Sen. Bernie Sanders, as an independent running for President. Sanders has said he would put serious thought in running for president if there is no strong run by a liberal Democrat in the primaries. So far, aside from Sen. Elizabeth Warren, I don’t see any Paul Wellstone-esque Democrats considering a serious run for president. Warren supporters have suggested she may run, but I doubt she will because of the success she’s had as a senator. She may find that she will, and has, done more good in Congress.

If this happens and Clinton runs and is essentially anointed as the Democrats nominee, I expect Sanders to run for president. As and independent and the only elected Socialist in Washington, he is not only a change candidate to the establishment of Obama/Bush/Clinton, but represents a unique contrast from the possibility of Tea Party candidate coming from the GOP. Any Tea Party candidate would try to run as a change candidate. A Sanders campaign as a Socialist and an independent would make both Clinton and whoever is the GOP nominee, establishment candidates. Sen. Bernie Sanders would also be a positively contrast to the change offered by GOP should they nominate a Tea Party supported candidate. That could very well marginalize the GOP and turn it into a race between Sanders and Clinton.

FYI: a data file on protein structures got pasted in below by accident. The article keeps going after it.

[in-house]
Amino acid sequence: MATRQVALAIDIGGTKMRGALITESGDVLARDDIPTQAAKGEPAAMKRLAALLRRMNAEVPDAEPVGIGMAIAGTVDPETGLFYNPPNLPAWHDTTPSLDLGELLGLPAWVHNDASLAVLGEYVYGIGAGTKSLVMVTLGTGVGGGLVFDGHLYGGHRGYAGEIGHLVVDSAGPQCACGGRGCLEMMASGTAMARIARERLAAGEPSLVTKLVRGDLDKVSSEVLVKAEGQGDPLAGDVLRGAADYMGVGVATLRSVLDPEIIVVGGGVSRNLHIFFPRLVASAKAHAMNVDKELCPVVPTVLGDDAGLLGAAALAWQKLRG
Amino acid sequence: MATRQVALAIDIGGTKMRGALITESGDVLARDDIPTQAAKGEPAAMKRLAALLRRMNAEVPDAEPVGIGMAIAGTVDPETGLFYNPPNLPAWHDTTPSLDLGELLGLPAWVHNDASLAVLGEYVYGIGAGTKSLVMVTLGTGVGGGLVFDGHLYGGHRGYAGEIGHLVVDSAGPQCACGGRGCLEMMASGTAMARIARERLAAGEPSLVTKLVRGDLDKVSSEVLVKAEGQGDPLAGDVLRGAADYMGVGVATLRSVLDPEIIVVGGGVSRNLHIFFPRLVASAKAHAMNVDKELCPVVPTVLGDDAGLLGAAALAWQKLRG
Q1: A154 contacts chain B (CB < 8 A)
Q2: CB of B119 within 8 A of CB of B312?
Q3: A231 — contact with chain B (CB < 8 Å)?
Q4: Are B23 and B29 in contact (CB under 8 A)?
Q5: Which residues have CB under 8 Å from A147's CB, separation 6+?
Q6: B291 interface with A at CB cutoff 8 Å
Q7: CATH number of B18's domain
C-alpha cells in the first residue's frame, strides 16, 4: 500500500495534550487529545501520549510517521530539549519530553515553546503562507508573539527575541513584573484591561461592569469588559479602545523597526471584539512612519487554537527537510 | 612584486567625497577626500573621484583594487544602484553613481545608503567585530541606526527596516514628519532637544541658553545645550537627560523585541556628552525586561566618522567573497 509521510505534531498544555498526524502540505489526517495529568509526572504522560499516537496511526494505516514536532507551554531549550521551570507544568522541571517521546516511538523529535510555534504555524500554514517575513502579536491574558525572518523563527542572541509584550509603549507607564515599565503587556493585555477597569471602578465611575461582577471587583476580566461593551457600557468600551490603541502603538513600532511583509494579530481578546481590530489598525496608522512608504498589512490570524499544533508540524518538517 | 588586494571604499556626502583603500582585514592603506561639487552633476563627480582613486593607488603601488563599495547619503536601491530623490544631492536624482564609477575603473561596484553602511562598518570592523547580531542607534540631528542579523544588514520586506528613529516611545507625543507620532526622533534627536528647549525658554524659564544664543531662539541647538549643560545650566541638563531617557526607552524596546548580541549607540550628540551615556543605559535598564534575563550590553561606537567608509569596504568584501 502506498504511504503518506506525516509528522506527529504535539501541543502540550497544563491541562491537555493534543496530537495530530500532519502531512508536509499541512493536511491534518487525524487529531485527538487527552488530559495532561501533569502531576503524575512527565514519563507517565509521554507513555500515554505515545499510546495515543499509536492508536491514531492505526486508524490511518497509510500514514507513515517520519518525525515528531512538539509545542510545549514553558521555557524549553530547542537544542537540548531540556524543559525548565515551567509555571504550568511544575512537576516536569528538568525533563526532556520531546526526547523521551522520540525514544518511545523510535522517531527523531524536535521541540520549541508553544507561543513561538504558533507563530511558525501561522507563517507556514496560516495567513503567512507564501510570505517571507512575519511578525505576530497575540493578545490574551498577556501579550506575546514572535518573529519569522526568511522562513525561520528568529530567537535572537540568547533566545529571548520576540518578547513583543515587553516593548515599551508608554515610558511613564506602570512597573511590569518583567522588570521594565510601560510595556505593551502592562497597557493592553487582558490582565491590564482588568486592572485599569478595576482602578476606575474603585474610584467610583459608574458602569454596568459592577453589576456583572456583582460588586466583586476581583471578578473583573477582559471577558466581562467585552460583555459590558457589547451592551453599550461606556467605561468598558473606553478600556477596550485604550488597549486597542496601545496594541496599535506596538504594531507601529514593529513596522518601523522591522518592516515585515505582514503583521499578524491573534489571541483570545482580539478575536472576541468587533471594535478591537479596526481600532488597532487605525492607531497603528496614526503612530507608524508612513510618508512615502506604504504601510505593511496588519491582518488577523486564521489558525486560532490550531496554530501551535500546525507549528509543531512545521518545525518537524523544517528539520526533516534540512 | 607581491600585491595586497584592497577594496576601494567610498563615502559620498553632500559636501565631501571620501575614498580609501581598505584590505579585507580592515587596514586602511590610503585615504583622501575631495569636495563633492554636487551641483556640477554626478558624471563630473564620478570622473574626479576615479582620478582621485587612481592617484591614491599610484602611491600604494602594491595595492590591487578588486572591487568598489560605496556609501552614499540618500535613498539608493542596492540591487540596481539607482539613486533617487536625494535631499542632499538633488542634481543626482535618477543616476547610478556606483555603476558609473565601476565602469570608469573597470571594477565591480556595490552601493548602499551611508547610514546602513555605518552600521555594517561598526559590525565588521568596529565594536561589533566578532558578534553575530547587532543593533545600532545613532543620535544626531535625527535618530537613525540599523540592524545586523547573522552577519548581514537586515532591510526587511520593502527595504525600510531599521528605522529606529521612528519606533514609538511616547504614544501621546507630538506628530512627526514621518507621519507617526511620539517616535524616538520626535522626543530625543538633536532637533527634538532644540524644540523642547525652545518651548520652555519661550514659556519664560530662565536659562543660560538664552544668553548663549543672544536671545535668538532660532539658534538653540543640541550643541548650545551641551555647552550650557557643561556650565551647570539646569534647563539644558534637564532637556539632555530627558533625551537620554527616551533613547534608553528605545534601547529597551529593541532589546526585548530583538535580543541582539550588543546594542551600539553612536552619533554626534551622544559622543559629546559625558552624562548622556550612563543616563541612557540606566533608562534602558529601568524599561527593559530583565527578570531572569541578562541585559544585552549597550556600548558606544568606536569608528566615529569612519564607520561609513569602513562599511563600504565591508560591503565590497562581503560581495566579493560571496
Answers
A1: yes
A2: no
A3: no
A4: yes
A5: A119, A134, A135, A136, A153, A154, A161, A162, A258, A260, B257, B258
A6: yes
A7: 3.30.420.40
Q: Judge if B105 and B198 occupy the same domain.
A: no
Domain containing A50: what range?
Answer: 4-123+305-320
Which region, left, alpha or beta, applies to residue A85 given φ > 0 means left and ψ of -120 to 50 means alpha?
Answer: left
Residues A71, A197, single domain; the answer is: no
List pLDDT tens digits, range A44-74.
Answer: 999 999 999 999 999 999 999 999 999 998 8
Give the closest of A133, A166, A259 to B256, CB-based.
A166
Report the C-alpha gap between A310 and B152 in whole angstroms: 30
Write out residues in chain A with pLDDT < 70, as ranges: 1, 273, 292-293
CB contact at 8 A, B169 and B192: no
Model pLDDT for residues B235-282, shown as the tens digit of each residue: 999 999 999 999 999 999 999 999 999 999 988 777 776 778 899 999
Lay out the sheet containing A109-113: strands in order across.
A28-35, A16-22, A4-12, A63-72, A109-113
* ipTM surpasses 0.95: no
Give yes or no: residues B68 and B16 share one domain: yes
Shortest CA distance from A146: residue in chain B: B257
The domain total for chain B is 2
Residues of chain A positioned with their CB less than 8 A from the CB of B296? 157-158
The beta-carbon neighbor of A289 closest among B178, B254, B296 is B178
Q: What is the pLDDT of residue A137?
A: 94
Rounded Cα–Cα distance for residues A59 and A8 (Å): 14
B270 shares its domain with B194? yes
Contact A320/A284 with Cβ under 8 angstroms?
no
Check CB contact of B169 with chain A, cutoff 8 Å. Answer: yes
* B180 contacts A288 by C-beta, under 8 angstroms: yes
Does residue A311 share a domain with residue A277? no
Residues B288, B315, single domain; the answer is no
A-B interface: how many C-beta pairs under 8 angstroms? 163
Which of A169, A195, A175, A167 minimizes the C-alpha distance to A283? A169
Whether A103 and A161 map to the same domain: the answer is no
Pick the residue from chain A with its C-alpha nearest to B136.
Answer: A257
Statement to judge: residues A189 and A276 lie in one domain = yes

I’m certain many of you will disagree with this early assessment but, looking back at 2008 and 2012 I think I have a better than average track record on this one. Also if you’re wondering who I think the Republican frontrunner is for the nomination in 2016, it’s not going to be Gov. Chris Christie or any other governor or former governor. As with 2012, the GOP primaries will be large, brutal, and trend further to the right than it normally would. Right now, look for a senator, most likely Rand Paul.

Signs are up